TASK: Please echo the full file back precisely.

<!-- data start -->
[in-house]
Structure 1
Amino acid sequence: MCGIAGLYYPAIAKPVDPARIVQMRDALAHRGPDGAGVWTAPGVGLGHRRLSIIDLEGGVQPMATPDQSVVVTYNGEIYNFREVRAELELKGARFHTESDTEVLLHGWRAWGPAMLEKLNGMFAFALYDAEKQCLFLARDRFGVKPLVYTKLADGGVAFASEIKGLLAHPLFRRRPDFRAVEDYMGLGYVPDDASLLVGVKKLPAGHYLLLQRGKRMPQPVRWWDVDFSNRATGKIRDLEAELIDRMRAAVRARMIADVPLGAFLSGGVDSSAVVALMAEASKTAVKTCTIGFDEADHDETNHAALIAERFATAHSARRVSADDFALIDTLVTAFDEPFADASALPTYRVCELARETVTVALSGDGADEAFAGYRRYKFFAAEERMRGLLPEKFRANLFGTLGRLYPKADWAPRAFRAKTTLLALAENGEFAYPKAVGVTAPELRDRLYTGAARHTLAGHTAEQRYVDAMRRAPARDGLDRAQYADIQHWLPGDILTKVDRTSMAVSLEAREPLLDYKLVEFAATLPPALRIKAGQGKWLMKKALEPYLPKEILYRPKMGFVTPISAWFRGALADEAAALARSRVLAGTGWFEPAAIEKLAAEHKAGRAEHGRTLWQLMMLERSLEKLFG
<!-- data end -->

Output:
[in-house]
Structure 1
Amino acid sequence: MCGIAGLYYPAIAKPVDPARIVQMRDALAHRGPDGAGVWTAPGVGLGHRRLSIIDLEGGVQPMATPDQSVVVTYNGEIYNFREVRAELELKGARFHTESDTEVLLHGWRAWGPAMLEKLNGMFAFALYDAEKQCLFLARDRFGVKPLVYTKLADGGVAFASEIKGLLAHPLFRRRPDFRAVEDYMGLGYVPDDASLLVGVKKLPAGHYLLLQRGKRMPQPVRWWDVDFSNRATGKIRDLEAELIDRMRAAVRARMIADVPLGAFLSGGVDSSAVVALMAEASKTAVKTCTIGFDEADHDETNHAALIAERFATAHSARRVSADDFALIDTLVTAFDEPFADASALPTYRVCELARETVTVALSGDGADEAFAGYRRYKFFAAEERMRGLLPEKFRANLFGTLGRLYPKADWAPRAFRAKTTLLALAENGEFAYPKAVGVTAPELRDRLYTGAARHTLAGHTAEQRYVDAMRRAPARDGLDRAQYADIQHWLPGDILTKVDRTSMAVSLEAREPLLDYKLVEFAATLPPALRIKAGQGKWLMKKALEPYLPKEILYRPKMGFVTPISAWFRGALADEAAALARSRVLAGTGWFEPAAIEKLAAEHKAGRAEHGRTLWQLMMLERSLEKLFG